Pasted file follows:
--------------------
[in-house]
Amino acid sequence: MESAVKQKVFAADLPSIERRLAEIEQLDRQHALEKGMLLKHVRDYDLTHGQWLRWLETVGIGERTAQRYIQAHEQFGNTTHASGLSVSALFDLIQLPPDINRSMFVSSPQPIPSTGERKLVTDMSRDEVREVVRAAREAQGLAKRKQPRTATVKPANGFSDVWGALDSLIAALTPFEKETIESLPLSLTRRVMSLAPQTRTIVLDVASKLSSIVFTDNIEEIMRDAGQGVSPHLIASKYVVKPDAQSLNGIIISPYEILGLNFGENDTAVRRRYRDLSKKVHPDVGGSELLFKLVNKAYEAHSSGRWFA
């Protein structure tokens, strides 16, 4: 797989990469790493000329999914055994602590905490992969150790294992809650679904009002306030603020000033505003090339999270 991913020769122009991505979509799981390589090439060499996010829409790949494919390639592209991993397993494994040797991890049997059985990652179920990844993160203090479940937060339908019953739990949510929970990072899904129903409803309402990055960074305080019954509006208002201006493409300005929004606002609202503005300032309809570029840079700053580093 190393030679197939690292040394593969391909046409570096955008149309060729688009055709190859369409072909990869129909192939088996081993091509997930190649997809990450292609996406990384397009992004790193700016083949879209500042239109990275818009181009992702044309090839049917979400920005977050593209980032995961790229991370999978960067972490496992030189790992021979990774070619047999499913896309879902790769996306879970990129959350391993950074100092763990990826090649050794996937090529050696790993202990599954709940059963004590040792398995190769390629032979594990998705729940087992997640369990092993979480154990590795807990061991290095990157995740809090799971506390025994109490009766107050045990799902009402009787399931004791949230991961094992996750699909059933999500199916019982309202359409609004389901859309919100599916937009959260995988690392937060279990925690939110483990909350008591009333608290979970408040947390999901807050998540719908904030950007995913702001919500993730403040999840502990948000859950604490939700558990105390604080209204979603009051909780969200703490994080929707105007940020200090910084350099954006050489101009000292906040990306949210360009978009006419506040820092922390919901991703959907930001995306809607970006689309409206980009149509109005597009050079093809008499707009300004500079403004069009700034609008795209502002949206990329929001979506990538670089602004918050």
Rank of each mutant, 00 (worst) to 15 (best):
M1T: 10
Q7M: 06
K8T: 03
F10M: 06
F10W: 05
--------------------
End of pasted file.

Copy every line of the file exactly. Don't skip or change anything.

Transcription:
[in-house]
Amino acid sequence: MESAVKQKVFAADLPSIERRLAEIEQLDRQHALEKGMLLKHVRDYDLTHGQWLRWLETVGIGERTAQRYIQAHEQFGNTTHASGLSVSALFDLIQLPPDINRSMFVSSPQPIPSTGERKLVTDMSRDEVREVVRAAREAQGLAKRKQPRTATVKPANGFSDVWGALDSLIAALTPFEKETIESLPLSLTRRVMSLAPQTRTIVLDVASKLSSIVFTDNIEEIMRDAGQGVSPHLIASKYVVKPDAQSLNGIIISPYEILGLNFGENDTAVRRRYRDLSKKVHPDVGGSELLFKLVNKAYEAHSSGRWFA
């Protein structure tokens, strides 16, 4: 797989990469790493000329999914055994602590905490992969150790294992809650679904009002306030603020000033505003090339999270 991913020769122009991505979509799981390589090439060499996010829409790949494919390639592209991993397993494994040797991890049997059985990652179920990844993160203090479940937060339908019953739990949510929970990072899904129903409803309402990055960074305080019954509006208002201006493409300005929004606002609202503005300032309809570029840079700053580093 190393030679197939690292040394593969391909046409570096955008149309060729688009055709190859369409072909990869129909192939088996081993091509997930190649997809990450292609996406990384397009992004790193700016083949879209500042239109990275818009181009992702044309090839049917979400920005977050593209980032995961790229991370999978960067972490496992030189790992021979990774070619047999499913896309879902790769996306879970990129959350391993950074100092763990990826090649050794996937090529050696790993202990599954709940059963004590040792398995190769390629032979594990998705729940087992997640369990092993979480154990590795807990061991290095990157995740809090799971506390025994109490009766107050045990799902009402009787399931004791949230991961094992996750699909059933999500199916019982309202359409609004389901859309919100599916937009959260995988690392937060279990925690939110483990909350008591009333608290979970408040947390999901807050998540719908904030950007995913702001919500993730403040999840502990948000859950604490939700558990105390604080209204979603009051909780969200703490994080929707105007940020200090910084350099954006050489101009000292906040990306949210360009978009006419506040820092922390919901991703959907930001995306809607970006689309409206980009149509109005597009050079093809008499707009300004500079403004069009700034609008795209502002949206990329929001979506990538670089602004918050």
Rank of each mutant, 00 (worst) to 15 (best):
M1T: 10
Q7M: 06
K8T: 03
F10M: 06
F10W: 05